The menu was on a blackboard, two courses for €19.50, but it was really two and a half, as we started with a mise-en-bouche of asparagus and crab paté, presented rather post-modernistically in a glass jar.
As entrées Keith chose gazpacho, his favourite soup, which has as many variations as there are restaurants in France. This one had slices of tomato and herbs floating in a light broth.
I had a pale, spicy vegetable terrine with salad, and we both had nasturtium flowers on top and artistic swirls of sauce around our plates.
Our main courses were both lamb. The meat was hidden in a jacket of filo pastry, around which were various delicious bits of vegetable matter, some of them recognisable (the purple carrot, the baby turnip) and some not.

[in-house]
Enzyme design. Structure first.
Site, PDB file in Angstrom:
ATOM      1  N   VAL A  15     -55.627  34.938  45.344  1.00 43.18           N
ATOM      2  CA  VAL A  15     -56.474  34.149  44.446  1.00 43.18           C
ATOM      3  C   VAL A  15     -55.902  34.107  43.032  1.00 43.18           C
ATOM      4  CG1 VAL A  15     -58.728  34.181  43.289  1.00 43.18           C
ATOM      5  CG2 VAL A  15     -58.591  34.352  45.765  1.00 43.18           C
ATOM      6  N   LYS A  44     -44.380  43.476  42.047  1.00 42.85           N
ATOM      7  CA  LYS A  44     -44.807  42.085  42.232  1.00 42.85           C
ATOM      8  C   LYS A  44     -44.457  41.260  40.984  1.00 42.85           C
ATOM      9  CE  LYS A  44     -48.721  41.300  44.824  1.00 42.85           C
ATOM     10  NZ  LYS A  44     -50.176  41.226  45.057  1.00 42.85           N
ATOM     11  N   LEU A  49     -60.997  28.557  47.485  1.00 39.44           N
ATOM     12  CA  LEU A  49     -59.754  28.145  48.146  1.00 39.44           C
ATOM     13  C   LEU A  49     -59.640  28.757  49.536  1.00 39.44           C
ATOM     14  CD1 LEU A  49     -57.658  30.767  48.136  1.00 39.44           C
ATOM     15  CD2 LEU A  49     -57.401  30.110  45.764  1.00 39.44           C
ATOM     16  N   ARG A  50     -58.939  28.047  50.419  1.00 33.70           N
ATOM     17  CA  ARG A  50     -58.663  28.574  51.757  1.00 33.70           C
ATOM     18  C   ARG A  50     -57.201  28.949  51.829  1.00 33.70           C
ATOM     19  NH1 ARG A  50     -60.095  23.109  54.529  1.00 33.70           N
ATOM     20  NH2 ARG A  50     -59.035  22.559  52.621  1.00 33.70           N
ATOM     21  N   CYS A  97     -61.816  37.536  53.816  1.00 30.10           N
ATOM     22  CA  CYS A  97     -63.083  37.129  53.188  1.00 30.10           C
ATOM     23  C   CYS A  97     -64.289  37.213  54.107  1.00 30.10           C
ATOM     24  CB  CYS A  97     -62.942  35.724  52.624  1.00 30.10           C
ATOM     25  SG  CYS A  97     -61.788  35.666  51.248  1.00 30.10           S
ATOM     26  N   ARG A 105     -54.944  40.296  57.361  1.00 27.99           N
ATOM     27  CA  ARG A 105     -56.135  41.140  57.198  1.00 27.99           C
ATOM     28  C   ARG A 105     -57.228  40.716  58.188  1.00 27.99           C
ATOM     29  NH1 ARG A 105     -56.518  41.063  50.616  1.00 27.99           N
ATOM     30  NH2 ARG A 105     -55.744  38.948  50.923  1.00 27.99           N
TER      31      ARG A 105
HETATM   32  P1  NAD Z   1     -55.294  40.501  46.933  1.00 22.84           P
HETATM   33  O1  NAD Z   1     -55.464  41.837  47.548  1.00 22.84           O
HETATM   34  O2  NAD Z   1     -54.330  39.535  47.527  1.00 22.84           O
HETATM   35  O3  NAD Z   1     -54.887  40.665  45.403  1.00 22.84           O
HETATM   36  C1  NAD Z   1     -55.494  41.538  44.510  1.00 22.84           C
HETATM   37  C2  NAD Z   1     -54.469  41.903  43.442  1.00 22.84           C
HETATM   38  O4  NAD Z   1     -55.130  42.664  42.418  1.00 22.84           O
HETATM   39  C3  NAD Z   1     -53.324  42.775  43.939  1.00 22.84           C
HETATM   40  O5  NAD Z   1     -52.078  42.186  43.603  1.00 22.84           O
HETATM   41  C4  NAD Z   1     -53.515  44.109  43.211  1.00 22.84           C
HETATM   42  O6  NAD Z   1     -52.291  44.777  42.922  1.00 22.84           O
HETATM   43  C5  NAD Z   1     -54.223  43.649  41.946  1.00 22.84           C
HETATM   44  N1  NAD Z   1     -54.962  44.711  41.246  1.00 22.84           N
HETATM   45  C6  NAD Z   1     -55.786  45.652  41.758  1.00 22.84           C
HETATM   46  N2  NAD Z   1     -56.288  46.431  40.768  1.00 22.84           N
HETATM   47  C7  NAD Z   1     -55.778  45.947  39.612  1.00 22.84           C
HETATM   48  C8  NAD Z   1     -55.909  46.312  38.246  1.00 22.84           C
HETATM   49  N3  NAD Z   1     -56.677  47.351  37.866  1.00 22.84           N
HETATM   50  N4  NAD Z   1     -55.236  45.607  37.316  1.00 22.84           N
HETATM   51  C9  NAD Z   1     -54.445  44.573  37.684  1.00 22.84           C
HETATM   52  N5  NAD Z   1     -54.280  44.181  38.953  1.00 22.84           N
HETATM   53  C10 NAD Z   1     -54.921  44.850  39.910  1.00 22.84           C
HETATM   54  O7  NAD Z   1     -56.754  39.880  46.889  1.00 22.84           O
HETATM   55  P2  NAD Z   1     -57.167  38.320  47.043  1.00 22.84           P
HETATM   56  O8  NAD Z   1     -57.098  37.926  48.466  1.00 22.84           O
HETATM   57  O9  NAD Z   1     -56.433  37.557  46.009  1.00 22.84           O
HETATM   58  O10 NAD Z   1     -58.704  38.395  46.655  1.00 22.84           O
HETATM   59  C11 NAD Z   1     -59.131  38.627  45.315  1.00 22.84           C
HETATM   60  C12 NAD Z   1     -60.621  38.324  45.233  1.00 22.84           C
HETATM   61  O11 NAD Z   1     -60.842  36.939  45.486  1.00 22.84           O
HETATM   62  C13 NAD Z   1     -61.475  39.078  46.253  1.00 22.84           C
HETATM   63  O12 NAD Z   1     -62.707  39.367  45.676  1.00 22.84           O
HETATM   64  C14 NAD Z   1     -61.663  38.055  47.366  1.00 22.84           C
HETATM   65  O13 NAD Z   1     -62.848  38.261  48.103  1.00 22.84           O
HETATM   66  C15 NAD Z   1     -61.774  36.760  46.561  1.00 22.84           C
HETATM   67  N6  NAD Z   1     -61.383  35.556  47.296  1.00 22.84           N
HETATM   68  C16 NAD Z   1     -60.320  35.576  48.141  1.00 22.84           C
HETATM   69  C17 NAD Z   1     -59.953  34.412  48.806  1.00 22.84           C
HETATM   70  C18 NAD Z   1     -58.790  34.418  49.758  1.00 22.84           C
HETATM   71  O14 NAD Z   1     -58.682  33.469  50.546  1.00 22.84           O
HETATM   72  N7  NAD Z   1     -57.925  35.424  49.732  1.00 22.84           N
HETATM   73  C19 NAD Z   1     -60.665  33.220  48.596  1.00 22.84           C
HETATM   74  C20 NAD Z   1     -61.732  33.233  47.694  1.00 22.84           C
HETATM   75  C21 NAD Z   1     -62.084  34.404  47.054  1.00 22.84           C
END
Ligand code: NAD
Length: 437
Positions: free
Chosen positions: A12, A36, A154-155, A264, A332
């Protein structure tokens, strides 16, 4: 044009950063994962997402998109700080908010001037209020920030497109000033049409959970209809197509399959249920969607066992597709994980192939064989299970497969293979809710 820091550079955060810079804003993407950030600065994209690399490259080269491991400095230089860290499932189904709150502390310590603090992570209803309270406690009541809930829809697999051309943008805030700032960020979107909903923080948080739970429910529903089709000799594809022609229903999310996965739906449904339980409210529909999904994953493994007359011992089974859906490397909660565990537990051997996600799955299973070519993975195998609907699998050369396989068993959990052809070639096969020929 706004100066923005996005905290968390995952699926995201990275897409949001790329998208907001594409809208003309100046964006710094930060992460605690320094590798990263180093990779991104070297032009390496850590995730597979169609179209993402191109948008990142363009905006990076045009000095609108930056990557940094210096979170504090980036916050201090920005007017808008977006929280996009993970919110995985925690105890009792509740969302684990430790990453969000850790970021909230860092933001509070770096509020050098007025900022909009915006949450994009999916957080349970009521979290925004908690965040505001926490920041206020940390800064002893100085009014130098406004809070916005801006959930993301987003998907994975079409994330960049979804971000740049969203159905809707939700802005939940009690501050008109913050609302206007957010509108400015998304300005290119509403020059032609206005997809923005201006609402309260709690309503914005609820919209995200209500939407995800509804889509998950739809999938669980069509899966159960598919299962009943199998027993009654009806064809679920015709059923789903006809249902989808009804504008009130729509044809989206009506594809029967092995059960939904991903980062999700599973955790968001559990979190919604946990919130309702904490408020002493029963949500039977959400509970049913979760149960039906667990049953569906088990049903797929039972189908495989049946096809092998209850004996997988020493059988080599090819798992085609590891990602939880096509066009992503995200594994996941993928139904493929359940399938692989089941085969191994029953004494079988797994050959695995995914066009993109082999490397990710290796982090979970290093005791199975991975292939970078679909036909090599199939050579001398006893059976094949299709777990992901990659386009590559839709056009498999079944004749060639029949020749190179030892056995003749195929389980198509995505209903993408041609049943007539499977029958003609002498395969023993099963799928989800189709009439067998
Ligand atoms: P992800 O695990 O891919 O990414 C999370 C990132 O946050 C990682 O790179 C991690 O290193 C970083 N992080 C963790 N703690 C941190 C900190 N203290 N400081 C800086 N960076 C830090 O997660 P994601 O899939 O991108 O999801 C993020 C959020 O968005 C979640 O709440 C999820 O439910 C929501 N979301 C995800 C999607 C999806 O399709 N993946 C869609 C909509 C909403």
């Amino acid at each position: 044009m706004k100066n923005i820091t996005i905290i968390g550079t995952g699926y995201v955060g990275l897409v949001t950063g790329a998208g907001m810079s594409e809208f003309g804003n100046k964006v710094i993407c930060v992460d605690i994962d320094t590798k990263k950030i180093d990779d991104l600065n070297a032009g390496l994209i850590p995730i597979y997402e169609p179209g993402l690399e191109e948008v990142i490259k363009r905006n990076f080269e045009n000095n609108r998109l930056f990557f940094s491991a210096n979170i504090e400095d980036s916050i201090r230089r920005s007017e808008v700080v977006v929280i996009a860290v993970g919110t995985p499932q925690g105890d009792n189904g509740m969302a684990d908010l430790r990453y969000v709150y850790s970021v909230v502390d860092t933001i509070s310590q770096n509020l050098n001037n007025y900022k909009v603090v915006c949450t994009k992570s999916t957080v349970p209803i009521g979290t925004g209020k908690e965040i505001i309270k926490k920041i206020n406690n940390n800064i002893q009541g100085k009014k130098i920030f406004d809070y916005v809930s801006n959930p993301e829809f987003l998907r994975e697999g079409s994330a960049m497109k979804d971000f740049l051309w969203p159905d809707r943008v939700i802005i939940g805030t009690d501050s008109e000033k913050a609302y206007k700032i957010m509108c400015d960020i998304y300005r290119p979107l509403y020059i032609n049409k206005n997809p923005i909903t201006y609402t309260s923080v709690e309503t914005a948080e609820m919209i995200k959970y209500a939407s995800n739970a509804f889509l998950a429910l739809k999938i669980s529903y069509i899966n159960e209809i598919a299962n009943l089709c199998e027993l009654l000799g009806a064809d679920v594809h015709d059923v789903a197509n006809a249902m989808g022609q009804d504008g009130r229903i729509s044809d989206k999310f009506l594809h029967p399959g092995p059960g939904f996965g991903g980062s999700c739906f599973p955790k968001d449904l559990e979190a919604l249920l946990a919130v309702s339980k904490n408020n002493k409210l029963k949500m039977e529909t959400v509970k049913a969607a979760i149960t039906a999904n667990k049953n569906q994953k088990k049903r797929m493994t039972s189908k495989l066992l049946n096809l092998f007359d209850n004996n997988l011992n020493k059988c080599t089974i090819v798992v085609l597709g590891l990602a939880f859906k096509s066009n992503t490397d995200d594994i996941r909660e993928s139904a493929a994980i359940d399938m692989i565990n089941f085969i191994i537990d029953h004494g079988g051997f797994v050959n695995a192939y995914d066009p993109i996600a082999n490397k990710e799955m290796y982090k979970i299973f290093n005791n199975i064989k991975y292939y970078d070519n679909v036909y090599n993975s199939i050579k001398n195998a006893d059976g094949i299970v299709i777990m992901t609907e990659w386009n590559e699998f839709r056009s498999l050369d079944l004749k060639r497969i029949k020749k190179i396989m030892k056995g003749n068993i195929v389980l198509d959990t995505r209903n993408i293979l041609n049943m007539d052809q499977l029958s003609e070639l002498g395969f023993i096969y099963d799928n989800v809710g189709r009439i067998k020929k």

Inevitably our plates were crowned with a nasturtium flower – someone’s garden was much less colourful than it had been earlier in the day.
Later the friendly chef came out to chat, and revealed that his apprentice had just gone to work in Melbourne. It is always a surprise when French people have any direct contact with Australia, as, unlike the Greeks and Italians, they are not great emigrants.
Back at the camping ground, there was still no sign of anybody to pay, so we resigned ourselves bravely to another free night, our fourth so far on this walk.
I took the mended mattress, just in case it was still leaky and it turned out that it was, so I did not sleep very well.